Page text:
Uzbekistan experiences serious irrigation water shortages

Uzbekistan experiences serious irrigation water shortages says the residents of Uzbekistan’s Jizzakh region complain that due to a lack of irrigation water, they have to use drinking water to irrigate their lands.  However, the traditions of saving water are forgotten.
For a long time, scientists have stated that, against the backdrop of global climate change, in particular, a sharp increase in air temperature, serious environmental problems are emerging in the world.  Now, this is especially noticeable in the Central Asian countries.  Annually, news websites report on natural disasters such as rising river levels, floods, droughts, and reduced flows in transboundary rivers.
These problems are acute in Uzbekistan.  Especially, the residents of arid regions complain about this.
The experts at the Institute for Macroeconomic and Regional Studies researched how water shortages in Uzbekistan affect the agricultural sector in arid regions.
It is noted that due to climate change and increased water consumption from rivers such as the Amu Darya and Syr Darya in neighboring countries, water shortages in Uzbekistan could amount to about 7 billion cubic meters of water, and by 2030, the country could be among 33 countries of the world with acute water shortages.
Researchers note that droughts and desertification of land may intensify and all this will seriously affect the living standards of the population.
The country’s agrarian sector, which consumes 90% of the total water in the areas located in the lower reaches of the Amu Darya and Syr Darya basins, could be affected greatly, the research says.
Therefore, scientists recommend gradually replacing agricultural crops that require a lot of water with those that require less in those regions of the country where there is already an acute shortage, in particular in the Republic of Karakalpakstan, Jizzakh, Syrdarya, and Khorezm regions.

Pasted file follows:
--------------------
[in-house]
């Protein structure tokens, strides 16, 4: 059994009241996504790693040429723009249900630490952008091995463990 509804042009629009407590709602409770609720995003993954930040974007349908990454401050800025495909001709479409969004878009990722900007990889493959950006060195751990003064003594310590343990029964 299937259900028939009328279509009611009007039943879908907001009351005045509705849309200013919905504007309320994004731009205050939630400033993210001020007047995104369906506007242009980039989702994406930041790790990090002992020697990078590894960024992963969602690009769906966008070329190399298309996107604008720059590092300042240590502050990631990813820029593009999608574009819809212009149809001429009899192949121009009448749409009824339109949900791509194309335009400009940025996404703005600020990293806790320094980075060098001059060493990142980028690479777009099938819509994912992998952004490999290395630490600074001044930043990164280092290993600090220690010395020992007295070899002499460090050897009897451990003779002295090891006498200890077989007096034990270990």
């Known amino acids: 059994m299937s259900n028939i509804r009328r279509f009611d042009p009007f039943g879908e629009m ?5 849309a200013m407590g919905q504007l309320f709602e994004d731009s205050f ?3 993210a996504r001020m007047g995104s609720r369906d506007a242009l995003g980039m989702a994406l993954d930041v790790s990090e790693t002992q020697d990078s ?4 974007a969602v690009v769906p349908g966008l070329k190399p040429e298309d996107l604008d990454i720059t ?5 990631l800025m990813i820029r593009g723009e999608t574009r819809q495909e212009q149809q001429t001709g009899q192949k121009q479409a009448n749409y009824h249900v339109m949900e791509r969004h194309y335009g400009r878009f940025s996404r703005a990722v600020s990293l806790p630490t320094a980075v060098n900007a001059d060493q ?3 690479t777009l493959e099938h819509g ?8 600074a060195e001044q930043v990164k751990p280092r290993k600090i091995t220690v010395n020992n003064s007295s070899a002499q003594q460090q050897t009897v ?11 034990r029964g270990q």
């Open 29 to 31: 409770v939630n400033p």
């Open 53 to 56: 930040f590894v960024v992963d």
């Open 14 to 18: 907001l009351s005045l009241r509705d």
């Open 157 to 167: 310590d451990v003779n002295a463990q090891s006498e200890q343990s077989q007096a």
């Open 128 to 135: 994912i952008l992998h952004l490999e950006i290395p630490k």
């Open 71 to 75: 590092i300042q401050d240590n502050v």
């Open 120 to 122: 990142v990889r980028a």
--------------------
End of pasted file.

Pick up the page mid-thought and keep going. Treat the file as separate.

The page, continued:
The research reportedly examined the water consumption levels of drought-tolerant crops and suggested alternatives. However, the questions of how soon these recommendations will be implemented and how soon the population will get used to saving water remain open.
“More than 60% of Uzbekistan’s population consumes artesian and well water.  Previously, water from artesian wells was at a depth of 70–80 meters but now, water comes out at a depth of 180–200 meters.  This shows that the amount of drinking water is decreasing.  It is a matter of concern that drinking water is used for other purposes and that secondary water is not available. If we do not change our attitude towards water, we will face a water crisis sooner,” the eco-activist Nargis Kosimova told in an interview 
Since 90% of water in Uzbekistan is used for agriculture, agricultural representatives should consider alternative and rational use of water, she added. 
Overall, despite the measures taken by the government, the situation with water use in Uzbekistan remains difficult.
During a video conference held on October 20, 2023, chaired by President Shavkat Mirziyoyev, it was noted that over the past two years, a large volume of subsidies has been allocated for the water sector, including water-saving technologies.  However, of 39 billion cubic meters of water consumed last year, 36% was lost in canals and ditches, the meeting participants noted.  In addition, 5-6 billion cubic meters of water are wasted and dumped into sewers, since 70% of the land is irrigated as before.

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